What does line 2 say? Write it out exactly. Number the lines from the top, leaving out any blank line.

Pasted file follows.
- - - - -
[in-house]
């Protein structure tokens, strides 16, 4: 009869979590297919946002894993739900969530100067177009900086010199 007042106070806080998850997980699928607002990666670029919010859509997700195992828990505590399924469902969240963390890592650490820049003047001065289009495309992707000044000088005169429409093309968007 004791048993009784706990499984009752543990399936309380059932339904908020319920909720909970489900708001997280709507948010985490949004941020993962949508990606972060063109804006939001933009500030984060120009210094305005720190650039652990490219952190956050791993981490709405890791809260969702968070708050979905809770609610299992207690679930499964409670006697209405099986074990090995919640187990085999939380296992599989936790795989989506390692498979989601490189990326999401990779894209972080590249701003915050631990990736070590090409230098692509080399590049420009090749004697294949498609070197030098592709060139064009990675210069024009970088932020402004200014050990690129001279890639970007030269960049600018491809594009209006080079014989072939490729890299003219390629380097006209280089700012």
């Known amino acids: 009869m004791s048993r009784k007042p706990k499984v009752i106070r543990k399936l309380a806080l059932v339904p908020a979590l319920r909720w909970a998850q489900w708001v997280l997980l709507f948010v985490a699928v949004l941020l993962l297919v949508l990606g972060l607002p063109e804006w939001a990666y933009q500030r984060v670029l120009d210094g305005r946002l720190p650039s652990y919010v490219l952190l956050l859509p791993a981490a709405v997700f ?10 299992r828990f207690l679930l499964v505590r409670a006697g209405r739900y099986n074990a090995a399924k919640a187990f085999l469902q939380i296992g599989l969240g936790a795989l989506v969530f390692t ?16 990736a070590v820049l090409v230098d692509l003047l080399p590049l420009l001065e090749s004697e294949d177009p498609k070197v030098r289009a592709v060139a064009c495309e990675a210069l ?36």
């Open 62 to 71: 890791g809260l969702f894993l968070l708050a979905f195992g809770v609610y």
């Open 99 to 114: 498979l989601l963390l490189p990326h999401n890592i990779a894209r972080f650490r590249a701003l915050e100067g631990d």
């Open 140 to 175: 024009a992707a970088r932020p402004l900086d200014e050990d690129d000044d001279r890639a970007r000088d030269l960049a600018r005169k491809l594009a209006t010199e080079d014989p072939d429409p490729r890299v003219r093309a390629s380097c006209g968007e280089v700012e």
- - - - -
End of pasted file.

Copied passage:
């Protein structure tokens, strides 16, 4: 009869979590297919946002894993739900969530100067177009900086010199 007042106070806080998850997980699928607002990666670029919010859509997700195992828990505590399924469902969240963390890592650490820049003047001065289009495309992707000044000088005169429409093309968007 004791048993009784706990499984009752543990399936309380059932339904908020319920909720909970489900708001997280709507948010985490949004941020993962949508990606972060063109804006939001933009500030984060120009210094305005720190650039652990490219952190956050791993981490709405890791809260969702968070708050979905809770609610299992207690679930499964409670006697209405099986074990090995919640187990085999939380296992599989936790795989989506390692498979989601490189990326999401990779894209972080590249701003915050631990990736070590090409230098692509080399590049420009090749004697294949498609070197030098592709060139064009990675210069024009970088932020402004200014050990690129001279890639970007030269960049600018491809594009209006080079014989072939490729890299003219390629380097006209280089700012």